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C. B. Macpherson and Liberal-Democratic Theory

From: The Good Society
Volume 21, Number 1, 2012
pp. 118-131 | 10.1353/gso.2012.0004

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It is no easy matter to define the legacy of C. B. Macpherson's work for the discipline of political theory. Macpherson's distinctive reading of the history of liberal thought has been criticized from a number of angles, yet encountering it remains a standard experience for students. His project of retrieving what is best in the liberal-democratic tradition as part of a reconstruction of democratic theory can seem dated, given that it seems to bear little immediate resemblance to the ideals and concerns of "deliberative democracy," the subject that is, descriptively speaking, at the heart of contemporary democratic theory that understands itself as critical of reality from the left perspective with which Macpherson identified. His concerns about and approach to political theory are even further removed from the tenor and tone of postmodern theorizing. For all the critical substance of Macpherson's views about capitalist liberal-democracies, there is no trace in his writings of the knowing cynicism that can characterize the postmodern sensibility. For all his criticisms of the tradition of liberal thought, he is fundamentally optimistic; irony is largely absent from his rhetorical repertoire and from his basic sensibility as a theorist.

I focus here on Macpherson's project of reconstructing liberal-democratic theory rather than upon his status as an interpreter of canonical early modern thinkers. The reconstruction project contains two key components. One is a structural portrayal of liberal-democratic theory as defined by a deep tension between two competing "ontologies," two competing accounts of the ends that define humanity, at least in the modern West. The second is a thesis about historical development that provides the lynchpin that structures and enables the narrative that Macpherson constructs about the two competing ontologies. Briefly describing these two components and their relation will serve as the prelude to an assessment of the prospects for the reconstructive project that Macpherson bequeathed to democratic theory.

The Two Ontologies

A representative formulation of the two ontologies idea is given in the following passage from, "Democratic Theory: Ontology and Technology":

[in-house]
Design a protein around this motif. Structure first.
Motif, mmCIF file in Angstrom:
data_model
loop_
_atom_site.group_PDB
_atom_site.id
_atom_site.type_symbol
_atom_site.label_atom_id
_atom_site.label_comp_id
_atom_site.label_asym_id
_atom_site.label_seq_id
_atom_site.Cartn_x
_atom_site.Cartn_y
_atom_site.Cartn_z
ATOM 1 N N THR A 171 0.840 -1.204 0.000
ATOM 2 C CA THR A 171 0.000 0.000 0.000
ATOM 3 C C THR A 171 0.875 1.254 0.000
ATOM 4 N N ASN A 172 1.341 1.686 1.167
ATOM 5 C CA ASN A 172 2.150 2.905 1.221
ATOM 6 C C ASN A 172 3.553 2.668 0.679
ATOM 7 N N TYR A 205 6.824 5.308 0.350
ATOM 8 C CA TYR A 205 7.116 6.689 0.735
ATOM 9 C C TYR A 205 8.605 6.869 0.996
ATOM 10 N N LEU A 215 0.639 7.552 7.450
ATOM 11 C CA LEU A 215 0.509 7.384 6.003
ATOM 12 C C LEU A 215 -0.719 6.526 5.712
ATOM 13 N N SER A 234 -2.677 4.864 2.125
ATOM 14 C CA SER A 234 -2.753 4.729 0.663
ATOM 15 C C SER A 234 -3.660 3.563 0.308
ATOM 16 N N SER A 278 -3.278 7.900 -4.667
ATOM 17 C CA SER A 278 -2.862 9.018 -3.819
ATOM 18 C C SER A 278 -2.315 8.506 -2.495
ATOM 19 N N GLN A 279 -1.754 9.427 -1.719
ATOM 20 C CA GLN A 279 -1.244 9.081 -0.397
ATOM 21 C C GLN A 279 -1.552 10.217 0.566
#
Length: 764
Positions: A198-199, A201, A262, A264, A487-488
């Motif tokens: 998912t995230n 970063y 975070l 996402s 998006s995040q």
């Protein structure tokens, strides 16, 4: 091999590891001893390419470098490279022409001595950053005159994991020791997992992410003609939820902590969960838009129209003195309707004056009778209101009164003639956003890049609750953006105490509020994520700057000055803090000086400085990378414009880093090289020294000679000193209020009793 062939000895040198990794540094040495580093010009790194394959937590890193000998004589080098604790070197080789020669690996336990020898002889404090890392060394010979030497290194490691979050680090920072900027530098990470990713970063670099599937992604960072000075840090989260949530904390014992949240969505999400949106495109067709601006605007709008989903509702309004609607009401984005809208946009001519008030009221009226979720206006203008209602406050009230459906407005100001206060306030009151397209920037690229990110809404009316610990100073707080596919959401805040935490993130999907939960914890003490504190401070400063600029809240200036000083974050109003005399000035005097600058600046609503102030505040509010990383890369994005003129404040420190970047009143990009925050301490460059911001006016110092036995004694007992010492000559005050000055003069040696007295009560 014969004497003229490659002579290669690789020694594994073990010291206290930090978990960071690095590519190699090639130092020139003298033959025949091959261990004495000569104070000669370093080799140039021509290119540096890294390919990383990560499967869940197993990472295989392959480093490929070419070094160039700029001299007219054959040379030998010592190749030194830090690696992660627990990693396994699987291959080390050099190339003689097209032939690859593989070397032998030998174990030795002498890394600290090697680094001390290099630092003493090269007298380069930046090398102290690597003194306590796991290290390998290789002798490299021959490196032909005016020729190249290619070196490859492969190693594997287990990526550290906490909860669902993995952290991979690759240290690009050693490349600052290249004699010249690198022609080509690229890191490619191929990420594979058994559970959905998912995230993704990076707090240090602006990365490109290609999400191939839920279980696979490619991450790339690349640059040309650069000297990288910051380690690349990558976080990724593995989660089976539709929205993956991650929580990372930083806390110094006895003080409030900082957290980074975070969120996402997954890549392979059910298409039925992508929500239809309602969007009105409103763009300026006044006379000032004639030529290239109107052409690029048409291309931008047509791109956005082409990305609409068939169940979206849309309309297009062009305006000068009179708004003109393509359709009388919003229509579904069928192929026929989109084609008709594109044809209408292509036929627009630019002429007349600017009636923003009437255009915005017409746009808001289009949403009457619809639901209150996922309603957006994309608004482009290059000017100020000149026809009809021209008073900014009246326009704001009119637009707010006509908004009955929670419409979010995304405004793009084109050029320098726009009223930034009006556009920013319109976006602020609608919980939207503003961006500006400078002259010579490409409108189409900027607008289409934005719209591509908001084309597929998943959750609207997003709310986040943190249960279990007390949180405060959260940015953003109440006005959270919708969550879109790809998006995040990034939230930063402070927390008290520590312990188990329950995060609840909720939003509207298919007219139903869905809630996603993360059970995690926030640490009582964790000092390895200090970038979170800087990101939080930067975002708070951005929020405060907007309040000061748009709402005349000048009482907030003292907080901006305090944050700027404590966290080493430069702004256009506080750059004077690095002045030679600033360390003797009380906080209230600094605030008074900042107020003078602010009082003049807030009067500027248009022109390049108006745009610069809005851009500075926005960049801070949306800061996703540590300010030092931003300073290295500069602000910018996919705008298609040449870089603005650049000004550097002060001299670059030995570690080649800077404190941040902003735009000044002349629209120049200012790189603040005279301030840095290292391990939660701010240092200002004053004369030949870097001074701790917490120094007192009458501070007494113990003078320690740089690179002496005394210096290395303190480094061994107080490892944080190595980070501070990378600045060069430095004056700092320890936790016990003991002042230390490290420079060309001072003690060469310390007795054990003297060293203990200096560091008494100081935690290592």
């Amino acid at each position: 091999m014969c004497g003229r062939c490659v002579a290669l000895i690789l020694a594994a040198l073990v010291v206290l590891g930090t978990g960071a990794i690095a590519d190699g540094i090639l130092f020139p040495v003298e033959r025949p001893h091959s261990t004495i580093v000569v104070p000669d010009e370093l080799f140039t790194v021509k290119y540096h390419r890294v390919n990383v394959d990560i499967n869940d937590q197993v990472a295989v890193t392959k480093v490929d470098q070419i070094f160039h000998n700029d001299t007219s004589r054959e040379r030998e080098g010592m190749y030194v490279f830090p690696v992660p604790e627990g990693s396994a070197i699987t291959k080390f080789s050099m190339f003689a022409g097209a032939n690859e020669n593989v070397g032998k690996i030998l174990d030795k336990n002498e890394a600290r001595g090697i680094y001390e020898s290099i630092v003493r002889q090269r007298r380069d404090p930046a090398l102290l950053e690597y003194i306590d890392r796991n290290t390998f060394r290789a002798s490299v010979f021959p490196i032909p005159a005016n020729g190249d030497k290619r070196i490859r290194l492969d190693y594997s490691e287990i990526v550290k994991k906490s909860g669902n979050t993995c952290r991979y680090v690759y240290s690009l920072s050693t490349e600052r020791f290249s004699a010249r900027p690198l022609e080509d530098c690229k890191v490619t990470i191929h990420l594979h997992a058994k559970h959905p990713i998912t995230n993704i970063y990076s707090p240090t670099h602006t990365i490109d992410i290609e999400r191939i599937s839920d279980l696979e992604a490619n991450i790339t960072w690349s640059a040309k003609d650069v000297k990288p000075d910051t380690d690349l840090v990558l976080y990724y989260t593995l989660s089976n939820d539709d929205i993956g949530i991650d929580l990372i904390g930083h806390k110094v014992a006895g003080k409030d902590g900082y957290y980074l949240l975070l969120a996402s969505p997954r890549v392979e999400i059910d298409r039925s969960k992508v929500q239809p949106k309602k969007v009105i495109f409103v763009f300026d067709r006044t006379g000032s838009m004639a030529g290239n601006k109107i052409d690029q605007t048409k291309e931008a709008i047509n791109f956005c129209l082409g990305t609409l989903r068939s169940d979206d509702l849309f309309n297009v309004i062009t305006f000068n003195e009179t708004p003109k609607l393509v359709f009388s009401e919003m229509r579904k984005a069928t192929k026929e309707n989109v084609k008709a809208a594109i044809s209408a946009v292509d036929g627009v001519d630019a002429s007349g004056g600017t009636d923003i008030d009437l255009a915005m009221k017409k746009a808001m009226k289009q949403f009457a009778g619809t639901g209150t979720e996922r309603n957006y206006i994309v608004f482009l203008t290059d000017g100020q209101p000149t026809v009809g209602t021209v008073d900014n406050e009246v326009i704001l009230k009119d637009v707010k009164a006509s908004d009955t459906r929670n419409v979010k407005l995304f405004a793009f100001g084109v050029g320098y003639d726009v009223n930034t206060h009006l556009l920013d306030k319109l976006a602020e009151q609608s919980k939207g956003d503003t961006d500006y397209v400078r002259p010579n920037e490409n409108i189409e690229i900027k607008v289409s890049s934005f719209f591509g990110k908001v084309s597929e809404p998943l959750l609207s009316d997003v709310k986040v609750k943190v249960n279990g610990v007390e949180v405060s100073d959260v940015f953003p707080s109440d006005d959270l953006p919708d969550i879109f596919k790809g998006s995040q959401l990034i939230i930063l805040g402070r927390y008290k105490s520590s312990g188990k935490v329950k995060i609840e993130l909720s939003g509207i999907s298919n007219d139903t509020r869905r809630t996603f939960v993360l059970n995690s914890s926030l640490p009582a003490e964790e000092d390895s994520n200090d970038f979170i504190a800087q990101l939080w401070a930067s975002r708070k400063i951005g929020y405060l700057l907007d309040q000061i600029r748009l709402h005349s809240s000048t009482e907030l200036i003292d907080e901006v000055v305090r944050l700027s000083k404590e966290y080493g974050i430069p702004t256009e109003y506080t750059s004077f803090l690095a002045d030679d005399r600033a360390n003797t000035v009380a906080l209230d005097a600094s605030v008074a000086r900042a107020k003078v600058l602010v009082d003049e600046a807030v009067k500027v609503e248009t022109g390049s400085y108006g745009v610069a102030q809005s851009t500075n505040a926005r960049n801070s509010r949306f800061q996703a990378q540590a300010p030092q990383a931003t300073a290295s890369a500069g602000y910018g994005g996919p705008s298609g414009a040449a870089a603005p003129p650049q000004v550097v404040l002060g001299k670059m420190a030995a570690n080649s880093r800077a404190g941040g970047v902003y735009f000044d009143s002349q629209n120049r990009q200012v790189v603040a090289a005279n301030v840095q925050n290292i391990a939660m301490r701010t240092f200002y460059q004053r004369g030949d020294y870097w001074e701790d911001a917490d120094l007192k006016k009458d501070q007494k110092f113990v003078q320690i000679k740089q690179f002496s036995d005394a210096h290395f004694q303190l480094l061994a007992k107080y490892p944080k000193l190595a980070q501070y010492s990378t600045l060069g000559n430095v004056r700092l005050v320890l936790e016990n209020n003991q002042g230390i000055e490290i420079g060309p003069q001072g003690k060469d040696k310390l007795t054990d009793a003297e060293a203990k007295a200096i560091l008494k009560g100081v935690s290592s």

I shall argue that the ontological assumptions of our Western democratic theory have been, for something like a hundred years, internally inconsistent, comprising as they do two concepts of the human essence which are in the circumstances incompatible. One of these is the liberal, individualist concept of man as essentially a consumer of utilities, an infinite desirer and infinite appropriator . . . . The other is the concept of man as an enjoyer and exerter of his uniquely human attributes or capacities.

Let's simply label these ontologies 1 and 2. Macpherson uses these categories to demarcate two traditions of liberal-democratic thought. "Protective" Democracy, the utilitarian model of Bentham and James Mill, later to emerge as the "equilibrium" democracy of twentieth-century social science, is portrayed as cut from the cloth of ontology 1. On the other hand, "developmental" democracy, championed by John Stuart Mill, T. H. Green and other "ethical" democrats, aims at the successful expression of ontology 2 and the transcendence of ontology 1. Macpherson's claim was that the developmental democratic theorists failed in this endeavor, primarily because, in effect, they were all fundamentally naïve about the way in which their acceptance of the capitalist market society (and its concomitant class division) committed them to an acceptance of ontology 1. Since the two ontologies are defined as incompatible, the ethical model of developmental democracy was bound to fail in various ways, because it tried to accommodate both ontologies.

The dynamics of this narrative are important in understanding Macpherson, and I will have more to say about them presently. For the moment, though, it is important to make three points about Macpherson's portrayal of the narrative. First, Macpherson ultimately described himself as a participant in the theoretical tradition of developmental liberalism. In "The Rise and Fall of Economic Justice," he describes this school of political thought as comprised of "those who accept and would promote the normative values that were read into the liberal-democratic society and state by J. S. Mill and the nineteenth- and twentieth-century idealist theorists, but who reject the present liberal-democratic society and state as having failed to live up to those...

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